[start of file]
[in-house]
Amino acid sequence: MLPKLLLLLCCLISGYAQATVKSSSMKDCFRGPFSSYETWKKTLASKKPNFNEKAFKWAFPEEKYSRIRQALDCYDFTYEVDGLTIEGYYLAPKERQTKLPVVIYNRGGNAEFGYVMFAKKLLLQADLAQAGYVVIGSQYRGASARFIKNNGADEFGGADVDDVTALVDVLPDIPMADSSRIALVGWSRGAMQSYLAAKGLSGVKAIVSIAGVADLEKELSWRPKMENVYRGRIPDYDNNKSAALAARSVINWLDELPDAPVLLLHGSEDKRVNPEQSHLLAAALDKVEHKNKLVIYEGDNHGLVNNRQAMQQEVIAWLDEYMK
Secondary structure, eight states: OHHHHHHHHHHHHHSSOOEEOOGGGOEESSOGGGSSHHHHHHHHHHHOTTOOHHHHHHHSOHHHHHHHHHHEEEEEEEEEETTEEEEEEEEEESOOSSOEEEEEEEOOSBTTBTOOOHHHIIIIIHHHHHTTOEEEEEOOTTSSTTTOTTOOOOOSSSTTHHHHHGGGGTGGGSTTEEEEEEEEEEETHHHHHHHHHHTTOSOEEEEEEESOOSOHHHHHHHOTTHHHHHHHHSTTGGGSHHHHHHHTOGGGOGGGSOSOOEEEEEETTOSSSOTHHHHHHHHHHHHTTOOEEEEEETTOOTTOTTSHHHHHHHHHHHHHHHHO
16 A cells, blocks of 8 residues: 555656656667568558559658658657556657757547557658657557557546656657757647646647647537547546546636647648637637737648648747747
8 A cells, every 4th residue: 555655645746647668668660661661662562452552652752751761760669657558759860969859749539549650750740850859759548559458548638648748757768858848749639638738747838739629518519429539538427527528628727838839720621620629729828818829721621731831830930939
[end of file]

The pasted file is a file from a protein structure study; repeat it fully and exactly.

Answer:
[in-house]
Amino acid sequence: MLPKLLLLLCCLISGYAQATVKSSSMKDCFRGPFSSYETWKKTLASKKPNFNEKAFKWAFPEEKYSRIRQALDCYDFTYEVDGLTIEGYYLAPKERQTKLPVVIYNRGGNAEFGYVMFAKKLLLQADLAQAGYVVIGSQYRGASARFIKNNGADEFGGADVDDVTALVDVLPDIPMADSSRIALVGWSRGAMQSYLAAKGLSGVKAIVSIAGVADLEKELSWRPKMENVYRGRIPDYDNNKSAALAARSVINWLDELPDAPVLLLHGSEDKRVNPEQSHLLAAALDKVEHKNKLVIYEGDNHGLVNNRQAMQQEVIAWLDEYMK
Secondary structure, eight states: OHHHHHHHHHHHHHSSOOEEOOGGGOEESSOGGGSSHHHHHHHHHHHOTTOOHHHHHHHSOHHHHHHHHHHEEEEEEEEEETTEEEEEEEEEESOOSSOEEEEEEEOOSBTTBTOOOHHHIIIIIHHHHHTTOEEEEEOOTTSSTTTOTTOOOOOSSSTTHHHHHGGGGTGGGSTTEEEEEEEEEEETHHHHHHHHHHTTOSOEEEEEEESOOSOHHHHHHHOTTHHHHHHHHSTTGGGSHHHHHHHTOGGGOGGGSOSOOEEEEEETTOSSSOTHHHHHHHHHHHHTTOOEEEEEETTOOTTOTTSHHHHHHHHHHHHHHHHO
16 A cells, blocks of 8 residues: 555656656667568558559658658657556657757547557658657557557546656657757647646647647537547546546636647648637637737648648747747
8 A cells, every 4th residue: 555655645746647668668660661661662562452552652752751761760669657558759860969859749539549650750740850859759548559458548638648748757768858848749639638738747838739629518519429539538427527528628727838839720621620629729828818829721621731831830930939